3. As compared to casebooks generally, it’s sometimes relatively light on notes and comments following opinions.  It’s also relatively direct in its presentation.  It frequently tries to explain to the reader why we’re bothering reading some particular opinion and may give the holding of the opinion in advance.  It often proposes questions before the opinion that the student should consider while reading the opinion (rather than offering these questions after the opinion).  I’d like to think the book doesn’t offer much of an ideological slant.  It leaves that for the classroom – and your own edits and additions.
  4. The book is up-to-date.  It contains a brief description of the Uniform Rapid Suspension System and includes the first opinion issued under the URS.  It contains an edited version of Blackhorse.  It also includes the May 2014 TTAB opinion Chanel v. Makarczyk (which provides a very straightforward example of blurring facts and blurring analysis).
  5. The book is written for a 4-credit trademark law class, which is what I teach here at NYU (I used a draft of the book last fall).  This means that if anyone wants to adopt the book for a 3-credit course, they should consider taking an afternoon to work through the .doc versions of the parts and deleting out what they don’t want to assign.  Certain parts tend to have an extra opinion that can easily be deleted.  (For example, it includes both In re Heeb Media and a lengthy version of the Blackhorse opinion; on descriptive fair use, both Dessert Beauty and Kelly-Brown v Winfrey; on Rogers, both E.S.S. and Brown v. EA).  Contact me for a few professors who I know are already planning to prepare a 3-credit version for use in the fall.
  6. The book contains a short part on false advertising and a short part on right of celebrity.
  7. I’ll happily send you the powerpoint slides I used while teaching from the book last fall, including the videos related to certain opinions.
  8. Beware, anyone who adopts the book becomes, if they’re willing, an “advisory board” member.  If enough professors actually adopt the book (and I think we may already be there), we can think about a discussion forum and central repository for teaching resources.

Please feel free to write me with any questions.

Mar 102014
 

Tidewater Community College LogoToday, the Scholarly Publishing and Academic Resources Coalition organized a Congressional briefing on Open Educational Resources (OER) for Open Education Week. One speaker, Daniel DeMarte, described the experience that Tidewater Community College has had in rolling out it’s “Z-Degree” – an associate degree in business administration that uses a curriculum composed of entirely of OER.

Tidewater identified 21 courses and signed up faculty members to design the curriculum.  They started with the desired outcomes for each of the courses, and then built the curriculum with OER materials that would meet those outcomes. Developing the curriculum took about 12 months. One year into the program, the early results are highly positive.

The OER degree program had two goals – to eliminate cost as a barrier, and to improve teaching impacts. The textbooks for an associate’s degree in business administration normally cost $3679, which is about a third of the cost of the degree from Tidewater.  Adoption of OER reduces these costs to zero. Students and instructors alike are happy with the quality of the OER materials used in the classes. 96% of the students enrolled in the courses have rated the quality of the OER content as equal to or better in quality to the textbooks used in other classes.

DeMarte would like to see other schools follow their lead.  Tidewater intentionally developed a model that can be reproduced.  All of their curriculum materials are openly available under a Creative Commons Attribution License, and there is a wealth of additional open resources available.  Tidewater staff and faculty have made at least 12 presentations to others in the last month promoting these types of programs.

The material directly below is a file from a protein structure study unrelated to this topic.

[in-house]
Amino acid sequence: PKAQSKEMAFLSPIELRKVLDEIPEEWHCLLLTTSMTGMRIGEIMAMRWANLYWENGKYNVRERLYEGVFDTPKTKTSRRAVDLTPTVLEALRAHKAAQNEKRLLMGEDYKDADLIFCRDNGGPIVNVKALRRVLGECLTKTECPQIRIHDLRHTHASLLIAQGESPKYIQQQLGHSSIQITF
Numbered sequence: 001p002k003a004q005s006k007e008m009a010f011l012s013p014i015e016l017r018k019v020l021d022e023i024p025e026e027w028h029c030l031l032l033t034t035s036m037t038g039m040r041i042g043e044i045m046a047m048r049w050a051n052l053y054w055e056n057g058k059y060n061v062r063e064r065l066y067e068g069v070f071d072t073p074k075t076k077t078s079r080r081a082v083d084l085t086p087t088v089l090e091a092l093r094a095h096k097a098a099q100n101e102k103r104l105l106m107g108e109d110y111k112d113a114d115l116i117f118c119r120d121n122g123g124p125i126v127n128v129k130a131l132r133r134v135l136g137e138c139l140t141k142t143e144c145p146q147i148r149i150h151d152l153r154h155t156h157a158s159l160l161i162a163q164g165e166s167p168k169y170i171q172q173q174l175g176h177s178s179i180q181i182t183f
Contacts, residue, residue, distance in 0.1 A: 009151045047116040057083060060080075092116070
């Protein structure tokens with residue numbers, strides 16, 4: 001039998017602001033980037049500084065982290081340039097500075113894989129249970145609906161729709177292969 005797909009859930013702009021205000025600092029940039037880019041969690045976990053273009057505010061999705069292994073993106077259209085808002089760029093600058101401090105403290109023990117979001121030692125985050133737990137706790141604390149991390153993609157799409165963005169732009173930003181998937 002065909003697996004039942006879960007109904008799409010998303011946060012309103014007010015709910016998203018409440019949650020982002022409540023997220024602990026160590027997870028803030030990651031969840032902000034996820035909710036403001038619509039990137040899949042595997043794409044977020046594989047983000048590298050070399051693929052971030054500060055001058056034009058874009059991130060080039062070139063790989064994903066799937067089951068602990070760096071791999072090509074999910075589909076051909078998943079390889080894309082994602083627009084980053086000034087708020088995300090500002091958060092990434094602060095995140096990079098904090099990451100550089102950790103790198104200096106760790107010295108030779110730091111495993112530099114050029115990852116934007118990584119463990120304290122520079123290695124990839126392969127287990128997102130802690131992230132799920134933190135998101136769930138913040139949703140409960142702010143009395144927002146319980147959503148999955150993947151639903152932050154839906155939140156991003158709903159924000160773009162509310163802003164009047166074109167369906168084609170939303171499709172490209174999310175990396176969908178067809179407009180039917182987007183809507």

He said there are a number of key things that are necessary to make an open OER degree program work:

  • Commitment from the organization to provide the necessary resources to build the curriculum.
  • Engagement from the faculty, who must be willing to venture into unfamiliar territory. At Tidewater, Prof. Linda Williams played a key role in making the degree a reality.
  • Engagement with the larger OER community.  Tidewater worked with Lumen Learning to set up this degree program
  • A key role for librarians to work with the staff and faculty
  • Continuous effort to fine tune and improve the program

After the panel, Michael Carroll and I talked briefly to DeMarte, who discussed how he wants others to adopt OER.  He told us “I don’t want to hear any more about students who didn’t take a course because they couldn’t buy the book.”  Down the road he would like to see a repository of Open Educational Resources that evaluates what exists based on student outcomes, and that identifies gaps in OER offerings for others to fill.

 

Jun 042012
 

The California Senate overwhelmingly passed a bill (SB 1053) that would create an digital library of openly available textbooks, and would allow students to buy hard copies for $20.  The textbooks will be published under creative commons licenses, allowing faculty to update them as necessary, and to tailor them to fit their courses. A companion bill, (SB 1052) creates guidelines for the creation of the texts as open educational resources. The textbooks will be published under creative commons licenses, allowing faculty to update them as necessary, and to tailor them to fit their courses.

The legislation was introduced by state Senator Darrell Steinberg, who noted that the cost of textbooks from publishers have become “exorbitant” – over $1,000 a year, on average.  The bill now moves to the full legislature.

Sen. Steinberg said in a statement that “As college students and their families struggle with college costs in this difficult time, let’s do what we can with the tools that we have. Through open educational resources, we can use technology to provide high quality college textbooks at a fraction of today’s costs,” said Steinberg (D-Sacramento). “Faculty, publishers and others can unleash their entrepreneurial spirit through the competitive bidding process in creating these materials. Our students and California’s economy will reap the benefits.”

Legislation:

For further info: